La Dolce Vita is a very evocative expression.

As you say it, an iconic scene from the movie “La dolce vita” comes to mind: Anita Ekberg calling out “Marcello! Come here!” while sensually bathing in the middle of the fountain.

Federico Fellini’s “La dolce vita” is perhaps the symbol of the Italian cinema all over the world.It’s 1960 and those are the golden years of the Italian cinema and, probably, of the whole Italian history after the Second World War.

And yet, the road towards that fountain is totally upward, starting with the heavy riding of a bike in “Ladri di biciclette” (1948), directed by Vittorio De Sica, the most popular film of the new artistic movement called Neorealismo, which doesn’t use professional actors or studios to film the scenes but wants to capture the realism of every single details, from the lightening to the language, filled with slang and dialect’s words.

Moving to the ’50s and the “economic miracle”, the Italian cinema gets off the hard bike of real description to sit more comfortably at a bar table, sipping a cup of coffee and smoking cigarettes with friends while examining people’s life with a more introspective look.

No more bikes for these new cinema characters of the ’50s. They have earned the luxury of a car, even though sometimes it stops leaving our heroes in pretty tough situations, like in “I Vitelloni” (1953).

The usual gang of poor, unlucky, reckless but pleasant characters facing everyday challenges, especially economical ones, can be found in “I Soliti Ignoti” (1958) directed by Mario Monicelli, a film that opens the new genre of “commedia all’italiana”.

Italy is rapidly moving from a traditionally agricultural and family-centered society into a shallower, individualistic and consumeristic one.

The life of Italian people gets more and more complicated, facing new issues of the modern era, like divorce. “Divorzio all’italiana” (1961) directed by Pietro Germi, is one of the best comedies of the first ’60s, with an Oscar prize for best original script.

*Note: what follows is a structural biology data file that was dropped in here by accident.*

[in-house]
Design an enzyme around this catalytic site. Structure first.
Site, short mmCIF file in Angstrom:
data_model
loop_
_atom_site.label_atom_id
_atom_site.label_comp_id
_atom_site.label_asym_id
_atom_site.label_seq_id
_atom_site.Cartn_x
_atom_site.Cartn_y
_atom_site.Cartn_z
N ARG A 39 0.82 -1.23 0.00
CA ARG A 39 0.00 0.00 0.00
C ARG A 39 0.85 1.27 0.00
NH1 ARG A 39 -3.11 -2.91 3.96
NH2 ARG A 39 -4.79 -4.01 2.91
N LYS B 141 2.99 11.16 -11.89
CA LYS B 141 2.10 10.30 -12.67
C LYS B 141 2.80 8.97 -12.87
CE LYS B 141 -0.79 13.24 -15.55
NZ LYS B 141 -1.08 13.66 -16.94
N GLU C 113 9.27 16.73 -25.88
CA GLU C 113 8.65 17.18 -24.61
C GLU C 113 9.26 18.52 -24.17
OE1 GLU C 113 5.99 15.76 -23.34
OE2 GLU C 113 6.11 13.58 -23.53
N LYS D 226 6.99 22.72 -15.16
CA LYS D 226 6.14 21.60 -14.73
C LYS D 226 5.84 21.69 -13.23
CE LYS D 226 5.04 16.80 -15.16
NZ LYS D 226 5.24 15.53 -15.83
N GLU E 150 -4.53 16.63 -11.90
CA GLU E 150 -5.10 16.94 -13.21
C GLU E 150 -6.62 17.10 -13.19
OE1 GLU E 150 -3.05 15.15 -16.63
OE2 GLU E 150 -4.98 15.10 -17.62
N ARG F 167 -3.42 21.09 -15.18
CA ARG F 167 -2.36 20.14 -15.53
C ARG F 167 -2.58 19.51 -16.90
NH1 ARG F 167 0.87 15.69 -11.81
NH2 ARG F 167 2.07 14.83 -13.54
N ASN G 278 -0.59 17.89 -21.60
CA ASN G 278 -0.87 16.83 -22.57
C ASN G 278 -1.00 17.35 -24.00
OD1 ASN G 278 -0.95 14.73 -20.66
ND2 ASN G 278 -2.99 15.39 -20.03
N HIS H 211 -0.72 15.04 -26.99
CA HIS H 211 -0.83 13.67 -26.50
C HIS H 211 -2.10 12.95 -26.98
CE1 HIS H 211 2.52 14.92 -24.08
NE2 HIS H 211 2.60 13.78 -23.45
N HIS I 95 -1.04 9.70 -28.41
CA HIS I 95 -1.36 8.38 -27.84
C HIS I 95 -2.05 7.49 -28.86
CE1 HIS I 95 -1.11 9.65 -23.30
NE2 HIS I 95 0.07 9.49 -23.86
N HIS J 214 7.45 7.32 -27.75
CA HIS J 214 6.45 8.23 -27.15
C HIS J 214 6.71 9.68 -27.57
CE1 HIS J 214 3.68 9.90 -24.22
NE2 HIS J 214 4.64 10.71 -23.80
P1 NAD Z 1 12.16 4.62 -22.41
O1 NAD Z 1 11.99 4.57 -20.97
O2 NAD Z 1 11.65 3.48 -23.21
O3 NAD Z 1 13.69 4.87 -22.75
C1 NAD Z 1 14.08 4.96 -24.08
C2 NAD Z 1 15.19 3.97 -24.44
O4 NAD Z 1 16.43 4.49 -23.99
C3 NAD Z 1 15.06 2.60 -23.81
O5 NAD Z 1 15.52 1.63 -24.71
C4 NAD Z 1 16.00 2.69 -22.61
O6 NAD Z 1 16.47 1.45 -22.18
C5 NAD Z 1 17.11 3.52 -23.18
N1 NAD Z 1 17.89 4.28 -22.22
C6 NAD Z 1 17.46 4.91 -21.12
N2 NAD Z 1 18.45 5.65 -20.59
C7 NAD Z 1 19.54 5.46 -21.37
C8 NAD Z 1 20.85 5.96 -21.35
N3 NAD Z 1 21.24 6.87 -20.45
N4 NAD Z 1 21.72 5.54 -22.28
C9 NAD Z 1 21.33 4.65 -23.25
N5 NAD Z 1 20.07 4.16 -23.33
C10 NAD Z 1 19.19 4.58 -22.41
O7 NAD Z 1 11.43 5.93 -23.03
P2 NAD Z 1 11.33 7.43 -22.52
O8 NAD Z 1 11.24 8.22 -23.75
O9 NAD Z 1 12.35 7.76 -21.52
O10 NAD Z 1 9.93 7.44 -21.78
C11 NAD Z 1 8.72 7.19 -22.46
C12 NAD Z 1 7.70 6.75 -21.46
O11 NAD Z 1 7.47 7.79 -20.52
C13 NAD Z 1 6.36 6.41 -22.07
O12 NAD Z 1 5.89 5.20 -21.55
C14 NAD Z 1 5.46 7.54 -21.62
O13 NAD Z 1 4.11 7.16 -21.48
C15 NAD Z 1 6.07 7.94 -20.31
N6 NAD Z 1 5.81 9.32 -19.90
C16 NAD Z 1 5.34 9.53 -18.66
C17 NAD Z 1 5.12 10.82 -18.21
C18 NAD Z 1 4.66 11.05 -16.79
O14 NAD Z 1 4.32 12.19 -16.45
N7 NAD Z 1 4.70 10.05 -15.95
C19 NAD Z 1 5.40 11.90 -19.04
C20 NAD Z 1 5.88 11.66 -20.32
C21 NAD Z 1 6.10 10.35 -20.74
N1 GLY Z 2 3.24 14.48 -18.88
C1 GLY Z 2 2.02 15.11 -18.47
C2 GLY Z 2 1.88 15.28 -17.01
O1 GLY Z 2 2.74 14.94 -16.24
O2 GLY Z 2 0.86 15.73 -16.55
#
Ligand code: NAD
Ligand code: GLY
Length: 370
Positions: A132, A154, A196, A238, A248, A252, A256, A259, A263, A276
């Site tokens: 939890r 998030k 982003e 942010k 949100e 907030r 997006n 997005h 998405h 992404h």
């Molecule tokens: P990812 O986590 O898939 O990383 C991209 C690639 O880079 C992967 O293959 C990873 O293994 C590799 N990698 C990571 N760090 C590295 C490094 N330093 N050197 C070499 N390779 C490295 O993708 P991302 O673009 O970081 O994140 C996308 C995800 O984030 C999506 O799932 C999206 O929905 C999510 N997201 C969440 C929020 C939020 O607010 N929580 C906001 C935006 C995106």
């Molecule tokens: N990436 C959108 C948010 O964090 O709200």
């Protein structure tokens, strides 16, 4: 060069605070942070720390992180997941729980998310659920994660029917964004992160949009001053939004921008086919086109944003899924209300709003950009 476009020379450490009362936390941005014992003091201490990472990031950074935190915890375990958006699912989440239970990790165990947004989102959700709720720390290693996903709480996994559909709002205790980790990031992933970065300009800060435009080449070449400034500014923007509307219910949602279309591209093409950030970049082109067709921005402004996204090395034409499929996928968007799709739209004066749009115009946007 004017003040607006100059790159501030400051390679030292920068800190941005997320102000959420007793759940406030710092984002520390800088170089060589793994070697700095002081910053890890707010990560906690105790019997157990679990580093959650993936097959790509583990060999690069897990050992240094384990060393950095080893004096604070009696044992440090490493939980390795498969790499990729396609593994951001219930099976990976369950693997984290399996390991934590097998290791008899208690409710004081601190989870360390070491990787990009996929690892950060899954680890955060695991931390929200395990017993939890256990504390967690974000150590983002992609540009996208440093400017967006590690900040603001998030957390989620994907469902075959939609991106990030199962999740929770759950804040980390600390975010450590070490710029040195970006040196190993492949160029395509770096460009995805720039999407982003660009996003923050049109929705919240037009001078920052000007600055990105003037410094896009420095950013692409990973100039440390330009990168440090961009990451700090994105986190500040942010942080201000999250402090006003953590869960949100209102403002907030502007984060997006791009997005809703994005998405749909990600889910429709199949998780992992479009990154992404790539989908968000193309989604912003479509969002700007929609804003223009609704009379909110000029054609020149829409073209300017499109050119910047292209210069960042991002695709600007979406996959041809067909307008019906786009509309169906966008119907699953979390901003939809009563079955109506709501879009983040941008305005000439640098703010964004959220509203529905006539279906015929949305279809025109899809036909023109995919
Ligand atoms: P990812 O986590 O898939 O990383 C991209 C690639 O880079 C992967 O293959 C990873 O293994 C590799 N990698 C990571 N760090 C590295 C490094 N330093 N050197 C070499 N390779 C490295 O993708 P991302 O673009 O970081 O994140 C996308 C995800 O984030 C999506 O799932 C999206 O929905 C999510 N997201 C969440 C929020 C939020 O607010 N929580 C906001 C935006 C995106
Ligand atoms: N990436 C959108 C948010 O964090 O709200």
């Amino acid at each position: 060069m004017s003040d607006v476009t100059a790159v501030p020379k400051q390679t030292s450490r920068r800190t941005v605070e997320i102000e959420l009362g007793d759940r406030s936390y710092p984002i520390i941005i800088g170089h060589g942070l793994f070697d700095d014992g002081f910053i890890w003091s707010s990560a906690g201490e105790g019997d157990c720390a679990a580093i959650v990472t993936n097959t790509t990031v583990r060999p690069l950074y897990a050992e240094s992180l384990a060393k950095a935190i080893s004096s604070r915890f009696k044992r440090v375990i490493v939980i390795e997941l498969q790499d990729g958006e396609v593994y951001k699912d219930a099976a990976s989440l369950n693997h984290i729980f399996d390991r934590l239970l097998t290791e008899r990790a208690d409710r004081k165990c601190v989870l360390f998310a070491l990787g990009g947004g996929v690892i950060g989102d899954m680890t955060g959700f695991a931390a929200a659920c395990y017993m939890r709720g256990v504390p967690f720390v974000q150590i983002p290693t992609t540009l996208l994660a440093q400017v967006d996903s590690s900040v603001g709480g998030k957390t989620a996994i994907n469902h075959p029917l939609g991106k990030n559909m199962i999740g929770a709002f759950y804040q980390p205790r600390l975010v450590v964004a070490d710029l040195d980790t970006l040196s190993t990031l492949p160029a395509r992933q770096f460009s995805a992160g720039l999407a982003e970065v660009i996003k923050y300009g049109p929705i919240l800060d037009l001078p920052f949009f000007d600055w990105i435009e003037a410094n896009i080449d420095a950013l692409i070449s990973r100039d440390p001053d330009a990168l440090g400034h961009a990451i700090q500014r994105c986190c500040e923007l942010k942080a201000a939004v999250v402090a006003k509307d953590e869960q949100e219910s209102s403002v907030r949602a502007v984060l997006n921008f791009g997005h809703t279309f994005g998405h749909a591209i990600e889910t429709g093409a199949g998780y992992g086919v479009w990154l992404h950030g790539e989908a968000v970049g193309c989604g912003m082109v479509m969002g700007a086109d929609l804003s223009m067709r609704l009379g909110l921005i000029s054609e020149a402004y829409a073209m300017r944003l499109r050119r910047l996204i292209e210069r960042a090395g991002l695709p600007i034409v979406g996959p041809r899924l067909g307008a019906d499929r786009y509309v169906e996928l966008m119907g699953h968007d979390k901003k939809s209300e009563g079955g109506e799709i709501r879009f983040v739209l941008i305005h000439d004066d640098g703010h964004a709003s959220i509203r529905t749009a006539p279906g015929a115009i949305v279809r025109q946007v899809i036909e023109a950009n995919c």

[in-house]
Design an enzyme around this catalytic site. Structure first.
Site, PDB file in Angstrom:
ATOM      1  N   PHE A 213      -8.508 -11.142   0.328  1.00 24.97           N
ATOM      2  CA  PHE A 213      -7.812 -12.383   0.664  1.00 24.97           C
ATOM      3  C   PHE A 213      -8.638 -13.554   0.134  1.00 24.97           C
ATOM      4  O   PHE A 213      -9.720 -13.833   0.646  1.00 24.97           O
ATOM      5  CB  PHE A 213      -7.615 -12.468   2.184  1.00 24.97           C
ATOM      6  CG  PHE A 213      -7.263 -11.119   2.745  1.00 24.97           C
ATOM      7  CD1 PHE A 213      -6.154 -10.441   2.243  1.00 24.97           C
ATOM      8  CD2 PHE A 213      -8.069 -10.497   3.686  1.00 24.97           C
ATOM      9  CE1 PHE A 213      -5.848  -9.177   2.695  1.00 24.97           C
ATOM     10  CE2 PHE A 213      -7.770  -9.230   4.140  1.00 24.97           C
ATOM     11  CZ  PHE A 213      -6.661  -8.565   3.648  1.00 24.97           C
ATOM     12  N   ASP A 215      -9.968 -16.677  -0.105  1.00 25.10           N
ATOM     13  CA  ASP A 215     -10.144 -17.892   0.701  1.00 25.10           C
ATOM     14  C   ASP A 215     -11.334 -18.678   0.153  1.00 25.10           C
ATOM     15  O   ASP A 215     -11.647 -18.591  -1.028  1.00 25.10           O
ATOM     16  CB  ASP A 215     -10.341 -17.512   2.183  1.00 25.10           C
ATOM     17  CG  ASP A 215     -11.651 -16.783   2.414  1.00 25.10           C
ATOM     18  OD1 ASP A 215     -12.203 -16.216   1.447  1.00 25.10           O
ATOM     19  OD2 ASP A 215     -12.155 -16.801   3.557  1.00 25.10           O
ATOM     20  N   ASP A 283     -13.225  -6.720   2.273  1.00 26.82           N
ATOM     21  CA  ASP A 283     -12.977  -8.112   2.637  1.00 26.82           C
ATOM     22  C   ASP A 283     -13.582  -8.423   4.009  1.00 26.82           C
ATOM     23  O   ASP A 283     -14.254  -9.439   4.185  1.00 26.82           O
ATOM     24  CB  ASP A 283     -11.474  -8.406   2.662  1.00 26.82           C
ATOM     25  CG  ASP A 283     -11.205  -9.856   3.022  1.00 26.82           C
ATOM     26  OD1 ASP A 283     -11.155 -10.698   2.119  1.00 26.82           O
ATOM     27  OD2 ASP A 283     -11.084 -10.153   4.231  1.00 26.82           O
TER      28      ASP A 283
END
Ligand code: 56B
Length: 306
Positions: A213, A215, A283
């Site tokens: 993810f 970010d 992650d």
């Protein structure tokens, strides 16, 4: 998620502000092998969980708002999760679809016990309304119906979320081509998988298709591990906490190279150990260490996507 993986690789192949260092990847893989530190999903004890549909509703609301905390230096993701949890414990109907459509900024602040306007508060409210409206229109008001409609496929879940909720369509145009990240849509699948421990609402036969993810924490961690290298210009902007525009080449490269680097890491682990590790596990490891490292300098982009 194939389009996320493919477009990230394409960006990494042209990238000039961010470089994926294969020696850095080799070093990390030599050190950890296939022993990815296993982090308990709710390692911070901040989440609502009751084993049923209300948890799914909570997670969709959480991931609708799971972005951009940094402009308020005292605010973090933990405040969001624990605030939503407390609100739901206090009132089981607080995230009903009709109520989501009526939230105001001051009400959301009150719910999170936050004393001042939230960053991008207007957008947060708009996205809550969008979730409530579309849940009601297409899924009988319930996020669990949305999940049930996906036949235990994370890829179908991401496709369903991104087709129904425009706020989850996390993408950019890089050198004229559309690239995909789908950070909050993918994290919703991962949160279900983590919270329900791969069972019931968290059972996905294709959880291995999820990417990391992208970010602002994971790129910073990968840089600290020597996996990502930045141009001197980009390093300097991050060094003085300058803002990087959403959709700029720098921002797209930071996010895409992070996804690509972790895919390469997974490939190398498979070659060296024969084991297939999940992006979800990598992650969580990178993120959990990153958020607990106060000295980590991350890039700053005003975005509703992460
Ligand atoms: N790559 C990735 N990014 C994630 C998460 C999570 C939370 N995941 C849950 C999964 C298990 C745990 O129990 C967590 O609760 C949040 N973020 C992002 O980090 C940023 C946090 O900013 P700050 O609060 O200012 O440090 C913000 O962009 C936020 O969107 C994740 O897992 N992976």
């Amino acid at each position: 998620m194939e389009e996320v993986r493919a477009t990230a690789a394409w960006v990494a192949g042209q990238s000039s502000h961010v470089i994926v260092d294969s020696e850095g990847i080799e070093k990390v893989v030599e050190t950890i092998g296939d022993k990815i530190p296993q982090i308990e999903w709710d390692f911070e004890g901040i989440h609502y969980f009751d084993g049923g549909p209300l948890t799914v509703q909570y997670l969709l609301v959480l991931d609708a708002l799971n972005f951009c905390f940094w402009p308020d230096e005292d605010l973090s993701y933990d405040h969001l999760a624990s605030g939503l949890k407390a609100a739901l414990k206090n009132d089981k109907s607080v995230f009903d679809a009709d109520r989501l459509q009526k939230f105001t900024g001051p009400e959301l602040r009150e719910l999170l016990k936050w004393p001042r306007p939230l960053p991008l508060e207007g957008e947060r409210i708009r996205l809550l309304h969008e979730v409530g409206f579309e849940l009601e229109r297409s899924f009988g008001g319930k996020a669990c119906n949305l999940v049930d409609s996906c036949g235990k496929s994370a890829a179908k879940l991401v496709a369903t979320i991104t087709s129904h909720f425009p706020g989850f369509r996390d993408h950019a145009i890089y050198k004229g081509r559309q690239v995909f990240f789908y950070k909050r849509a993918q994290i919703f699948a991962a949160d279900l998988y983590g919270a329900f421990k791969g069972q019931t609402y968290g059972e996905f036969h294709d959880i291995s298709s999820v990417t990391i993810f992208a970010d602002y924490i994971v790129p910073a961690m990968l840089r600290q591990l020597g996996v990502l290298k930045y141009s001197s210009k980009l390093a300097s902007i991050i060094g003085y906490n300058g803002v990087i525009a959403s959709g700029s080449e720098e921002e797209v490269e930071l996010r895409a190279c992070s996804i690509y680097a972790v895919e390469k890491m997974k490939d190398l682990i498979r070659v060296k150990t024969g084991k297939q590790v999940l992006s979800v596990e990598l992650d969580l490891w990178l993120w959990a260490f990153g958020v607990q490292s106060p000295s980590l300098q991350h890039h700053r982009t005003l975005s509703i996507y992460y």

Marcello Mastroianni and Stefania Sandrelli are extremely good in showing the crash between traditional way of living and new modern liberties.

The high speed with which the Italian life-style is running towards the future is superbly represented in “Il Sorpasso” (1962) directed by Dino Risi.

Vittorio Gassman’s character represents the average Italian man at the time. He’s loud, direct and braggart and yet he has a strange, dangerous charme from which is not easy to escape.

The careless attitude shown by Gassman’s character contrasts with many different difficult situations in his life, which he hides under a cover of pretended success and care-free life-style. He lives the day, recklessly, focused only on the here and now, like many Italians do during the “economic miracle”, unaware of the actual danger beyond the corner.

But that high speed described in Dino Risi’s film could lead to a bad end also in real life.

The spider car Italy is driving could jump over the cliff as well. Society has changed, there is a lot more distance between classes and life doesn’t seem coloured in pink anymore.

The post neo-realistic “Uccellacci uccellini” (1966) directed by Pier Paolo Pasolini, describes a difficult world where love, happiness and “la dolce vita”, as a way to live, are far away.

Between the ’60s and the ’70s Pasolini’s unconventional voice rises against consumerism, economic globalization and the power of television.

Italy has changed again, a new chapter begins and life gets slowly less naive and “dolce”.

But those are still the Italian golden years, fixed forever in many different beautiful movies and especially in a magical scene of a bath in the Trevi Fountain.

Susanna Fiale